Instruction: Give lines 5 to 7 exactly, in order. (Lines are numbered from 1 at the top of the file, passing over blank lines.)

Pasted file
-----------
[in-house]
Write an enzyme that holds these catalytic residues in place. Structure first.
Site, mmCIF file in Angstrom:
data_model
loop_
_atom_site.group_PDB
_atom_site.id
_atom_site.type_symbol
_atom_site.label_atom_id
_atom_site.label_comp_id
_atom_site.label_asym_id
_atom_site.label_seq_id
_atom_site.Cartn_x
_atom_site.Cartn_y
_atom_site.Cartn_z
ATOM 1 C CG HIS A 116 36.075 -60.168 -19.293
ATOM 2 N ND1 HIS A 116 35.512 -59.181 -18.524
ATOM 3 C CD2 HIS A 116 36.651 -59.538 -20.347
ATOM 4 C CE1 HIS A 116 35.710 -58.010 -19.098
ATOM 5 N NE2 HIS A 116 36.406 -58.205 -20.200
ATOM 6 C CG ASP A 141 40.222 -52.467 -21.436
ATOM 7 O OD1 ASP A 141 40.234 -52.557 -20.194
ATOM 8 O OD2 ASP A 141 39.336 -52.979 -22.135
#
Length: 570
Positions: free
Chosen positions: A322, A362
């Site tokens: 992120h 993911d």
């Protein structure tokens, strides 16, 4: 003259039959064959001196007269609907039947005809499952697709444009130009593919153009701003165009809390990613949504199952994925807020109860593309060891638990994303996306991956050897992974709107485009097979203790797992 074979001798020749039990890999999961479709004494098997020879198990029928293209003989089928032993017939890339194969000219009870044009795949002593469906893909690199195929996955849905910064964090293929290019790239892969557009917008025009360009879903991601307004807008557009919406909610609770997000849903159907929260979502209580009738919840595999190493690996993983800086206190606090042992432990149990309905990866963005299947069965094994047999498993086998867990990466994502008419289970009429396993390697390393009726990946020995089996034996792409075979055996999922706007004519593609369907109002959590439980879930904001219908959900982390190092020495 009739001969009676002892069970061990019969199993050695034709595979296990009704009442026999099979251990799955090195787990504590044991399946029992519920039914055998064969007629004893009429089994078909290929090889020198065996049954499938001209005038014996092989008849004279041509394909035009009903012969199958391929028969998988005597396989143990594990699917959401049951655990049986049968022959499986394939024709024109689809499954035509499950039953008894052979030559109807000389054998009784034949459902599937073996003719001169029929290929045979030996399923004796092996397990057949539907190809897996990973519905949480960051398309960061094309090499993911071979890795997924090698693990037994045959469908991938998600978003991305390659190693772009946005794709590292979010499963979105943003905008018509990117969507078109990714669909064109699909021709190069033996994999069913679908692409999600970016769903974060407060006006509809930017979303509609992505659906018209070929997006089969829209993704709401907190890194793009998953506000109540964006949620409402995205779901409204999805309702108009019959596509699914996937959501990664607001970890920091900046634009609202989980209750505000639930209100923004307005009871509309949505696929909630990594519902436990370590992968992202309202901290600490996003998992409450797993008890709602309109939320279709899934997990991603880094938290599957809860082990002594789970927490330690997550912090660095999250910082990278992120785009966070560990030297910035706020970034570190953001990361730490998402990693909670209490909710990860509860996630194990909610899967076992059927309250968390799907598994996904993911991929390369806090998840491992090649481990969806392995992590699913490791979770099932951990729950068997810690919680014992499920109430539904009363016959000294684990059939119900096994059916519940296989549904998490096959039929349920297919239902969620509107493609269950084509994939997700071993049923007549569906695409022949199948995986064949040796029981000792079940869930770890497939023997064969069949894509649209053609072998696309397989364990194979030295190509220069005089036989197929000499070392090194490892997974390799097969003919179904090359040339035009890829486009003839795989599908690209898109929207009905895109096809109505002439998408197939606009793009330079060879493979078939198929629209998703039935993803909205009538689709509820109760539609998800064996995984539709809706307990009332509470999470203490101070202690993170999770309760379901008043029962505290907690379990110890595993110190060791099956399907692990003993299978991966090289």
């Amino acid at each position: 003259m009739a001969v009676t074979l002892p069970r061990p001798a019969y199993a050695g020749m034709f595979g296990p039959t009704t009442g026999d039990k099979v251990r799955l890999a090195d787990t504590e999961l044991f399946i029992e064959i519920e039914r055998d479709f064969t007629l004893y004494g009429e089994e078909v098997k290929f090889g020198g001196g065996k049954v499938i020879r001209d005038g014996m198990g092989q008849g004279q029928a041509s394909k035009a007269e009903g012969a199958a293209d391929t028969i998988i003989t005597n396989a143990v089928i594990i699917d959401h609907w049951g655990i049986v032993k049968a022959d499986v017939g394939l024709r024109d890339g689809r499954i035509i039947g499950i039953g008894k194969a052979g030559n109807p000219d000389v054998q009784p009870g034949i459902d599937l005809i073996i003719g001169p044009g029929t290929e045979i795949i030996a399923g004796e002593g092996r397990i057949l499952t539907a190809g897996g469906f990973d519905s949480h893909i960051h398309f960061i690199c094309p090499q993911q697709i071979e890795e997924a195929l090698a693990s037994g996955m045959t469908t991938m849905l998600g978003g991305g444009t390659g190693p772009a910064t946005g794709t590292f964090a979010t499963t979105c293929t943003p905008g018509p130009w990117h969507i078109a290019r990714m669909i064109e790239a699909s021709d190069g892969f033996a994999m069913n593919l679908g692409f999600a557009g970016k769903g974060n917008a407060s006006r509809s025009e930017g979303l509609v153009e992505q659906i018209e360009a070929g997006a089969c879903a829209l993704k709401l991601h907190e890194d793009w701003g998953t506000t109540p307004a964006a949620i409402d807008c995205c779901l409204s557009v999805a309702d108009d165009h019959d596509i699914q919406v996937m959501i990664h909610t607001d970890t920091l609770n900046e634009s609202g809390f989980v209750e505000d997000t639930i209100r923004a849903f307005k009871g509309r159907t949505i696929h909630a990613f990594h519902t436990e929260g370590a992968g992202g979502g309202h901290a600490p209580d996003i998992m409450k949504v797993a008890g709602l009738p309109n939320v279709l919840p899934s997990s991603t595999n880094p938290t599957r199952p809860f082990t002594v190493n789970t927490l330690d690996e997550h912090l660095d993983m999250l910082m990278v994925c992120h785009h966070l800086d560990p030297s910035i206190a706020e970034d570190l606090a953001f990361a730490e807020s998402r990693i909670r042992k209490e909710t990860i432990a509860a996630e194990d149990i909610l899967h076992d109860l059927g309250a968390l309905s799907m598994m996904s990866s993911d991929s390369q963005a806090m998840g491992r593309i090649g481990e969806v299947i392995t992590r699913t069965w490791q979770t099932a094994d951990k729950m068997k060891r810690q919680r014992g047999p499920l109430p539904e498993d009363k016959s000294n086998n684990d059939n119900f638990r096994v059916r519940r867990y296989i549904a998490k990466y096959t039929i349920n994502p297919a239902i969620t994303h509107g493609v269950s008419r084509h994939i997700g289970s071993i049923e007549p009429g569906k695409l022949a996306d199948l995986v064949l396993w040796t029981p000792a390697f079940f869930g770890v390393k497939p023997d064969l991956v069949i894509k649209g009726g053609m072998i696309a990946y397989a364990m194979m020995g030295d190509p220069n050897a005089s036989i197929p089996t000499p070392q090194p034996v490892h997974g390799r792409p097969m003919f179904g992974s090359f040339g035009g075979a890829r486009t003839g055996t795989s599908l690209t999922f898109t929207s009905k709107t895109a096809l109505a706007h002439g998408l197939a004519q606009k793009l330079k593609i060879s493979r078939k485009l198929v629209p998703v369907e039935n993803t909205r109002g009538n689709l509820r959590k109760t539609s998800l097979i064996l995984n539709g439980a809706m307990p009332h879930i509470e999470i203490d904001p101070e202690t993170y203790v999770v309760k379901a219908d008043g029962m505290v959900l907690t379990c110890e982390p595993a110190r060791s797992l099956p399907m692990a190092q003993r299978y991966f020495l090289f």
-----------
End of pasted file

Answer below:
loop_
_atom_site.group_PDB
_atom_site.id